Vision for the profession in 21st century society

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Reinventing the audit profession for the 21st century

In partnership with the RSA, the UK’s leading multi-disciplinary think-tank for social progress, we are developing a thought-leading project on the role of audit in the 21st century. This will be the profession’s most ambitious engagement with the wider society. In order to continue to be relevant, the profession has to take self-responsibility in determining its fate and to proactively engage with the public that we aspire to serve. We aim to redefine the role of the audit profession within the modern context of the public interest and to formulate a vision for the highest aspirations of audit in the 21st century.

 

Rebuilding public trust and relevance of professions

One of the overarching principles which define professions is their role in serving the public interest. The idea of what constitutes the public interest has shifted and evolved over time. There is a common perception that professions have not evolved to meet public expectations at the same rate. If we look at the recent past, professions have been affected by a number of challenging social developments. While progress has been made in adapting to these new circumstances, the widespread belief is that much more could be done to respond to the demands of the 21st century.

We have witnessed the erosion of the relevance of professionalism, particularly in accountancy and finance. We want to reverse and re-energise their importance by creating a new vision. Our profession provides services to the public, and when there is public concern, we need to reclaim and regain trust and relevance.

 

Public Interest should be at the heart of the audit profession

AuditFutures looks at the new role of audit in the 21st century. We want to prove that the profession should serve society and innovation in audit should be driven by the public interest.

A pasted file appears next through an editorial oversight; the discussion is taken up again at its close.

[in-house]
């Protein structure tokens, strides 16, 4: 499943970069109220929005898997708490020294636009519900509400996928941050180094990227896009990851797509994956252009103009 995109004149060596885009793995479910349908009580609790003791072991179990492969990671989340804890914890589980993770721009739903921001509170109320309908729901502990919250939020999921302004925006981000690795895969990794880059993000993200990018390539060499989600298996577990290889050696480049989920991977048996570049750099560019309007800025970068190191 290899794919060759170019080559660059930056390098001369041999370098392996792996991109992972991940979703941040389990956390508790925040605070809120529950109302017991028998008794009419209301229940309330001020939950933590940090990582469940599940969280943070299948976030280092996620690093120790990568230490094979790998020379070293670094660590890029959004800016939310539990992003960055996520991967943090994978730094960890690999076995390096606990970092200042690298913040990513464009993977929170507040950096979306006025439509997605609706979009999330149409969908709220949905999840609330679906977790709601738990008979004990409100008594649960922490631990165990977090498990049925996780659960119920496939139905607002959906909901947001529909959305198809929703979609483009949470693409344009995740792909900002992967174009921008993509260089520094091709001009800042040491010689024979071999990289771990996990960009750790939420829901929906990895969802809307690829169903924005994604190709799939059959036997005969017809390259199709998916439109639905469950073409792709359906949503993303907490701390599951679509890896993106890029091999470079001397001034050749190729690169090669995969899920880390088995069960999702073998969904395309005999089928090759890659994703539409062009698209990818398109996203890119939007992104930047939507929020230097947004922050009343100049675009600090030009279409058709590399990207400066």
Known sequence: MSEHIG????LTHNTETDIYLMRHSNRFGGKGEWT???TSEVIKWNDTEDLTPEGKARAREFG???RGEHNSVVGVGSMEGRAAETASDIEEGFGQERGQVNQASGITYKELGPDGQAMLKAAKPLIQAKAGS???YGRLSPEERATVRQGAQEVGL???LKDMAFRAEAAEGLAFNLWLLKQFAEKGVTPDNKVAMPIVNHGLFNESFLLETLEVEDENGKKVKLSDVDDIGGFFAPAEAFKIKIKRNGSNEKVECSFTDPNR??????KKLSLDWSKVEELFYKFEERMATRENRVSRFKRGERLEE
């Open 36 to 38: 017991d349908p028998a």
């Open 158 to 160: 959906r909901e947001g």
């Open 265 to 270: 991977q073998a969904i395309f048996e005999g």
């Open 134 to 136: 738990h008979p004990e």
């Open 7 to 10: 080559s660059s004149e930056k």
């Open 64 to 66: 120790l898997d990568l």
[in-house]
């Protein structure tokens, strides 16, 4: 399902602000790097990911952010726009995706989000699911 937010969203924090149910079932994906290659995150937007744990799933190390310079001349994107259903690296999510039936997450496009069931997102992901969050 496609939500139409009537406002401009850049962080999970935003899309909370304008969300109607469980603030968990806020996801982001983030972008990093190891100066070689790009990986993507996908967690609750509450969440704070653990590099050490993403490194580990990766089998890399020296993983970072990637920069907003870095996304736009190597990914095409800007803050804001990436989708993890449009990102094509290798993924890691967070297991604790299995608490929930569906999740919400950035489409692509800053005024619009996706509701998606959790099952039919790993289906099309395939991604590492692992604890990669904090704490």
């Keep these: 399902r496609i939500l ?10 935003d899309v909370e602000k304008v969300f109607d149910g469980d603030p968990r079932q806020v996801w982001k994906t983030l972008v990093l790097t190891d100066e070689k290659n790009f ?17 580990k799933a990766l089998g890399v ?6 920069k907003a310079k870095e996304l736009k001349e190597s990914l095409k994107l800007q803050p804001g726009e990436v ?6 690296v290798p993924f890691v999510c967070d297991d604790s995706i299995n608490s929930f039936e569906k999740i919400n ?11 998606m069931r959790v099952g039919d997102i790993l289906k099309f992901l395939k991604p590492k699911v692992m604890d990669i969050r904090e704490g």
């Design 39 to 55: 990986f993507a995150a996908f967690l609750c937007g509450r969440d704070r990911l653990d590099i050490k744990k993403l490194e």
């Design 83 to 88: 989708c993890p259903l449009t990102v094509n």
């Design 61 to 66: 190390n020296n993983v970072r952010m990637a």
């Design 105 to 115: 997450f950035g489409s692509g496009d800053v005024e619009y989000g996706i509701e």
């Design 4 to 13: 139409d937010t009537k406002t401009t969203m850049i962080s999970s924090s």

In order to do business with confidence, auditors are required to attest information with their names and enable the public to hold organisations to account. This economic role of audit is integral to the social purpose of the auditor in acting as a trusted reputational intermediary. This is why auditing is a public interest activity that rewards members of the profession because they deliver public benefit.

The essential asset for auditors is their reputation. The condition of lending their good name to others is that they maintain their objectivity and independence in expressing their professional opinions. If auditors are continually seen as being forced to learn from apparent audit failures, then trust in them is eroded and their economic role is undermined.

AuditFutures can play a leading role in helping the auditing profession in its endeavour to rebuild trust and act as an exemplar for the accounting profession as a whole. With the RSA, we would like to explore the concept of working in the public interest and to understand better its modern context.

The audit profession ought to take responsibility in the way it evolves

In order to be relevant to the needs of society, the profession has to take self-responsibility in determining its fate and proactively engage with the public that we aspire to serve.

Currently, the public sees change in audit being driven by legislators and regulators responding to perceived audit failures. This dynamic is self-defeating and does not serve society well because it undermines confidence in auditors. It is therefore in the interests of society, as well as legislators and regulators who act on society’s behalf, that the auditing profession is seen to take responsibility for the process by which audit evolves.

Economic failures which sap people’s confidence in doing business represent challenges and opportunities for auditors to listen, reflect, learn, improve what they do and provide new and better forms of assurance. By taking responsibility for the dynamics of change, the auditing profession will enhance trust in itself and business generally and reaffirm its public interest role.

The auditing profession will face significant challenges in taking responsibility for its future. But it should also prove to be a liberating experience that will call for new ways of thinking. We believe audit should aspire to something above and beyond what is legally required of it and this groundbreaking project will explore opportunities to achieve this aspiration.